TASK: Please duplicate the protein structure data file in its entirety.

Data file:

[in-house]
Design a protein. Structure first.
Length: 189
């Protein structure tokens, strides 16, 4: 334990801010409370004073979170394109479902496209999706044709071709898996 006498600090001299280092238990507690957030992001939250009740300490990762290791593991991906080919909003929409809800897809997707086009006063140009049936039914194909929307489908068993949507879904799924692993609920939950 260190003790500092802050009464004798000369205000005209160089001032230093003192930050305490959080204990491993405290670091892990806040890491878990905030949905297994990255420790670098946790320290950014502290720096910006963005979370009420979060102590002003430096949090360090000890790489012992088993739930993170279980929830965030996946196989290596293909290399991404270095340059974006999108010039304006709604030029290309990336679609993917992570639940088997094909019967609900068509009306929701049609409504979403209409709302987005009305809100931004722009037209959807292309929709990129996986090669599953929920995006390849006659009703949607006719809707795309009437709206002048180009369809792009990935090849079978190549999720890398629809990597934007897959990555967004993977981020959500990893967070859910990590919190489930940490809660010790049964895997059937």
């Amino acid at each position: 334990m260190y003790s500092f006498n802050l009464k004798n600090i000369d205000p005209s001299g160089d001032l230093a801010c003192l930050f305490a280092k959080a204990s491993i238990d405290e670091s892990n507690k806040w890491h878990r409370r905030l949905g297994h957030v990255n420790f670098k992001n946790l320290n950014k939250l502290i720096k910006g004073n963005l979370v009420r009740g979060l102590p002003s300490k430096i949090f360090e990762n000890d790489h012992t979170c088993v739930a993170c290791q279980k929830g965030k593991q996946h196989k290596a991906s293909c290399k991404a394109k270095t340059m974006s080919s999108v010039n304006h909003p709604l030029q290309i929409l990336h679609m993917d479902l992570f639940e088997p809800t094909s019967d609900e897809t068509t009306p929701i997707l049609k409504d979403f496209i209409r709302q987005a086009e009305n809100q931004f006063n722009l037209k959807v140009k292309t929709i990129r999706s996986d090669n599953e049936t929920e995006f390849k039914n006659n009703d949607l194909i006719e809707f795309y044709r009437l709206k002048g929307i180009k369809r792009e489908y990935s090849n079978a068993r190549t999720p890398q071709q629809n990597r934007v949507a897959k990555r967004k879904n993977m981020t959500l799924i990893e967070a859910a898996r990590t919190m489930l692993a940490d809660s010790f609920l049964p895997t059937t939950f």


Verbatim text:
[in-house]
Design a protein. Structure first.
Length: 189
């Protein structure tokens, strides 16, 4: 334990801010409370004073979170394109479902496209999706044709071709898996 006498600090001299280092238990507690957030992001939250009740300490990762290791593991991906080919909003929409809800897809997707086009006063140009049936039914194909929307489908068993949507879904799924692993609920939950 260190003790500092802050009464004798000369205000005209160089001032230093003192930050305490959080204990491993405290670091892990806040890491878990905030949905297994990255420790670098946790320290950014502290720096910006963005979370009420979060102590002003430096949090360090000890790489012992088993739930993170279980929830965030996946196989290596293909290399991404270095340059974006999108010039304006709604030029290309990336679609993917992570639940088997094909019967609900068509009306929701049609409504979403209409709302987005009305809100931004722009037209959807292309929709990129996986090669599953929920995006390849006659009703949607006719809707795309009437709206002048180009369809792009990935090849079978190549999720890398629809990597934007897959990555967004993977981020959500990893967070859910990590919190489930940490809660010790049964895997059937």
């Amino acid at each position: 334990m260190y003790s500092f006498n802050l009464k004798n600090i000369d205000p005209s001299g160089d001032l230093a801010c003192l930050f305490a280092k959080a204990s491993i238990d405290e670091s892990n507690k806040w890491h878990r409370r905030l949905g297994h957030v990255n420790f670098k992001n946790l320290n950014k939250l502290i720096k910006g004073n963005l979370v009420r009740g979060l102590p002003s300490k430096i949090f360090e990762n000890d790489h012992t979170c088993v739930a993170c290791q279980k929830g965030k593991q996946h196989k290596a991906s293909c290399k991404a394109k270095t340059m974006s080919s999108v010039n304006h909003p709604l030029q290309i929409l990336h679609m993917d479902l992570f639940e088997p809800t094909s019967d609900e897809t068509t009306p929701i997707l049609k409504d979403f496209i209409r709302q987005a086009e009305n809100q931004f006063n722009l037209k959807v140009k292309t929709i990129r999706s996986d090669n599953e049936t929920e995006f390849k039914n006659n009703d949607l194909i006719e809707f795309y044709r009437l709206k002048g929307i180009k369809r792009e489908y990935s090849n079978a068993r190549t999720p890398q071709q629809n990597r934007v949507a897959k990555r967004k879904n993977m981020t959500l799924i990893e967070a859910a898996r990590t919190m489930l692993a940490d809660s010790f609920l049964p895997t059937t939950f």